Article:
In fact so vehement was their abandonment of the punk-era garments that Westwood licensed all the designs, include the patterns for the bondage trousers, to King’s Road store Boy, which was knocking them out in inferior copies by the hundred by spring 1982.
Hoare – who has prior in giving glowing reviews to Kelly’s previous books – compounds the mistakes in his review by quoting one of the plagiarised passages from my book: “Sex,” Westwood tells Kelly,”translated into fashion becomes fetish…the very embodiment of youth’s assumption to mortality.”
As pointed out here last week, and as my lawyers have communicated to Westwood, Kelly and Picador, this is one of 40 passages in Vivienne Westwood which bear close resemblance to text in my book, in this case from the introduction written by McLaren nearly a decade-and-a-half ago: “Sex translated into fashion becomes fetish, and fetishism is the very embodiment of youth. Youth has to behave irreverently – it has to take drugs because of its fundamental belief in its own immortality.”
Read Hoare’s review here.
One of the choice selections to be screened as part of this month’s post-punk film season This Is Now is Solitude, the 1981 John Maybury short featuring David Holah, then a fashion student, soon to launch the era-defining label Bodymap with Stevie Stewart.
Put together by British Film Institute curator William Fowler, This Is Now is on at London’s South Bank and explores the early 80s explosion in DIY creativity in this field among UK art students, clubbers, New Romantics and members of the post-punk scene, all of whom embraced inexpensive domestic technology such as VHS and Super 8 to make often bold and uncompromising statements.
I can’t wait to see documentarist Toby Amies’ envoi to his extraordinary friend Drako Oho Zarhazar.
Over the last year or so when we have bumped into each other socially, Amies has shown me snippets on his phone. Each tasty morsel has increased my hunger for this portrait of the late Brighton dweller Amies describes as “muse for Dali, actor for Jarman, dancer at Les Folies Bergère, outsider interior decorator, hero and legend”.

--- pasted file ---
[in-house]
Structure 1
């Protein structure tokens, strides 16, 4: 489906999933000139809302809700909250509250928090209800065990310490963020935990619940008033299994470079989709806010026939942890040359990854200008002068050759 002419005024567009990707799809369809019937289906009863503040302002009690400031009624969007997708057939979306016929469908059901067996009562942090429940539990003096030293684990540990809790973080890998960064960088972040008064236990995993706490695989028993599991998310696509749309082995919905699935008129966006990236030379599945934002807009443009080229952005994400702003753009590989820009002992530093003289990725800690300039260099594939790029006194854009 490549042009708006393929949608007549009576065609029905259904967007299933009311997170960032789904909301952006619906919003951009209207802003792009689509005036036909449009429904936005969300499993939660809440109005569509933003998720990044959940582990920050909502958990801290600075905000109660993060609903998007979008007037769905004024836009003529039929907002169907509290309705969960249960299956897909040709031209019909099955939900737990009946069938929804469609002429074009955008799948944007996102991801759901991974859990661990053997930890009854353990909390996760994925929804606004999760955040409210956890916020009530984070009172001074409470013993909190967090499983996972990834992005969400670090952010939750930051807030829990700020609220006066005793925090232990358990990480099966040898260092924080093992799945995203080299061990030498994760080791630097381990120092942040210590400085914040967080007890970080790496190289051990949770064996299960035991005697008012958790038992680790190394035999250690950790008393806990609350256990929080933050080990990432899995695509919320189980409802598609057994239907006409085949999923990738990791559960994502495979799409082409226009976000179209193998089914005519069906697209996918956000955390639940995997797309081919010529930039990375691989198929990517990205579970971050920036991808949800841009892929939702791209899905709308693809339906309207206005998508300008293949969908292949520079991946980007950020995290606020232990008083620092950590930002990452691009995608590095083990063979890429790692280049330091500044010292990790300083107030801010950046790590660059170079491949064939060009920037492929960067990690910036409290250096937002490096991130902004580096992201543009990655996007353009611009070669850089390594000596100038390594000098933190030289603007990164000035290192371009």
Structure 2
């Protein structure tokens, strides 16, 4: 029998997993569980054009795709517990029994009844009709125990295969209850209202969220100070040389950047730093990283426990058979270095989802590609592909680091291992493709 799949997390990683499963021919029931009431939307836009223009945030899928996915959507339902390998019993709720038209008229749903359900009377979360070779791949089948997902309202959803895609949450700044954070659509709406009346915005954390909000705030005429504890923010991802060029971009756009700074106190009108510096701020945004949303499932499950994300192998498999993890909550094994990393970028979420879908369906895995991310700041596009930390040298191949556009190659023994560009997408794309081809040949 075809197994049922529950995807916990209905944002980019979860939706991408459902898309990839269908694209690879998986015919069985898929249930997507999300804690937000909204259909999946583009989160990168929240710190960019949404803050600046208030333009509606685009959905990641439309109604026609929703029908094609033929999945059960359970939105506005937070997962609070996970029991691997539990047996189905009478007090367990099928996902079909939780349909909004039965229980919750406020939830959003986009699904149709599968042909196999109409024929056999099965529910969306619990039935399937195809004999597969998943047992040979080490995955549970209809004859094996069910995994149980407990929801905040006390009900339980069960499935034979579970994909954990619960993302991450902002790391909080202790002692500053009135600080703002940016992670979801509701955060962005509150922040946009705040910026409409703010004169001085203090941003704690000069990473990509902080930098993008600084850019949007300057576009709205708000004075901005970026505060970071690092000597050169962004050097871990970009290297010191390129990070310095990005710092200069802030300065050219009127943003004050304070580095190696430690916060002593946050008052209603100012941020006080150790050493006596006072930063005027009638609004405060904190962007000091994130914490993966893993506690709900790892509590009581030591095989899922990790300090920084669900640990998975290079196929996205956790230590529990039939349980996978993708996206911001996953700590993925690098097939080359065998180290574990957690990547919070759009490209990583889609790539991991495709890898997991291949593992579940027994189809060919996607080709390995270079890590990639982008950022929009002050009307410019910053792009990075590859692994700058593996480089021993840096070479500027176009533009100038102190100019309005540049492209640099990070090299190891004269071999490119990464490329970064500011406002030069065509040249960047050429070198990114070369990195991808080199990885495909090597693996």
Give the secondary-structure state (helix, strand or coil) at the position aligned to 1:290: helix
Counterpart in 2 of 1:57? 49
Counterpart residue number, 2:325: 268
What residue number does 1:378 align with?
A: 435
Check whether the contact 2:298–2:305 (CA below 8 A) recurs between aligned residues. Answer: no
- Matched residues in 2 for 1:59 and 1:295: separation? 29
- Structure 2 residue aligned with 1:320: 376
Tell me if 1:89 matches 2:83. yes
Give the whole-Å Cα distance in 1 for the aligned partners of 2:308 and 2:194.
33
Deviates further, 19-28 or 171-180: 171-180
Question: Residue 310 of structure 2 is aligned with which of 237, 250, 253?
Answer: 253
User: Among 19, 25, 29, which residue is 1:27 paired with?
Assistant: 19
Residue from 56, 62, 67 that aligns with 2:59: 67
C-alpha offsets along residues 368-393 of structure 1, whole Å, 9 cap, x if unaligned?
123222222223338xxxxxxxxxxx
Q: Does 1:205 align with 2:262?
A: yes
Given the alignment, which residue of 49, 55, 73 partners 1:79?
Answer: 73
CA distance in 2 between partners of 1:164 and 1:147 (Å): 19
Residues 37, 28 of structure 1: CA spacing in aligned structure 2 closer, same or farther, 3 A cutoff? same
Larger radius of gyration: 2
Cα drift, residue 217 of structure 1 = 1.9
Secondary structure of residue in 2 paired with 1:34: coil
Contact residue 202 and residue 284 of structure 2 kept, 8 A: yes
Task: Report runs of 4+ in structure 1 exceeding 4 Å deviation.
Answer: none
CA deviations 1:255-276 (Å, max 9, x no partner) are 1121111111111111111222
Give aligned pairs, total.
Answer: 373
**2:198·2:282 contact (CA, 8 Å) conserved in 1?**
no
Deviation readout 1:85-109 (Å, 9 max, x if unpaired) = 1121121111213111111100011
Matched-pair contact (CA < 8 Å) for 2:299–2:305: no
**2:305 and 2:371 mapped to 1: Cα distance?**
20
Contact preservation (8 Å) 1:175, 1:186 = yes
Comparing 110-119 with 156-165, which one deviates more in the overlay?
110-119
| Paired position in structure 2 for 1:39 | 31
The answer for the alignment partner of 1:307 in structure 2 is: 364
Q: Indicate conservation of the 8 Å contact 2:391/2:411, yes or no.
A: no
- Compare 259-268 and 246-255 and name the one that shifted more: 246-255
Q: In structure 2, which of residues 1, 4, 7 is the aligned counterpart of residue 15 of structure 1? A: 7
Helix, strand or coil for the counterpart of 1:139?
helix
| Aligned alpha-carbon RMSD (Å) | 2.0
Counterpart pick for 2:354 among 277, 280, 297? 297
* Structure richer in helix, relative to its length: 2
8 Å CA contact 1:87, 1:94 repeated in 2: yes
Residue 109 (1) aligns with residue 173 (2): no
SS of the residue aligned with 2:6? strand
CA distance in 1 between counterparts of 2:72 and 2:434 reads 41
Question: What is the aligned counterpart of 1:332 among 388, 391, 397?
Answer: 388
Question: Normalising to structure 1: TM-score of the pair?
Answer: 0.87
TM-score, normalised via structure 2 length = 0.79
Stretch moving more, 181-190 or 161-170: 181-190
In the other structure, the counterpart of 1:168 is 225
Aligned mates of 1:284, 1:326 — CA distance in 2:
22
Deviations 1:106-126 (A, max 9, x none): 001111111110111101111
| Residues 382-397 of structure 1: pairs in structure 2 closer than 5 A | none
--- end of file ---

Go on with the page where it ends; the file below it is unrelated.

I’m quoted in today’s article in UK Sunday newspaper The Observer about the factual failings surrounding the punk clothing collection of the New York Metropolitan Museum Of Art’s Costume Institute.
Here is a selection of images from the V&A’s forthcoming exhibition Postmodernism: Style and Subversion 1970-1990. In pursuit of this slippery-to-define movement, curators Glenn Adamson and Jane Pavitt have settled on the defining principles of quotation and bricolage (assemblage from diverse elements).
As a result they have mixed and matched disciplines, categories and scale in their line-up of 250 exhibits, ranging from a reconstruction of Hans Hollein’s 1980 Venice Biennale facade The Presence Of The Past to graphics for record sleeves by Barney Bubbles, Neville Brody and Peter Saville.
NAME: Nicholas Abrahams
Nick Abrahams’ work includes promos for Stereolab, Add (N) To X and sigur rós. More recently he collaborated with Jeremy Deller on the fascinating exposition of fan’s desires, The Posters Came From The Walls.
Among Abrahams’ current projects is Jayne County biopic Man Enough To Be A Woman. Judging from the rushes shown last year, this will be a doozy.
Abrahams cuts quite a dash in any company; as I say below, I admire his ability to combine the edgy with the traditional without pretension.
Here he answers the Blokes Of Britain questionnaire, covering ground from Tiny Tim to gold teeth by way of Cordings, Trickers, Viv Stanshall and William Burroughs. Oh, and not to forget Edward Gorey’s fur coats, Joseph Beuys’ felt suits and Nick’s own creation: The Denton Welch safety bib.
How would you describe your sartorial style?
My girlfriend says I look like a straight bear (IE: a chubby gay man with beard).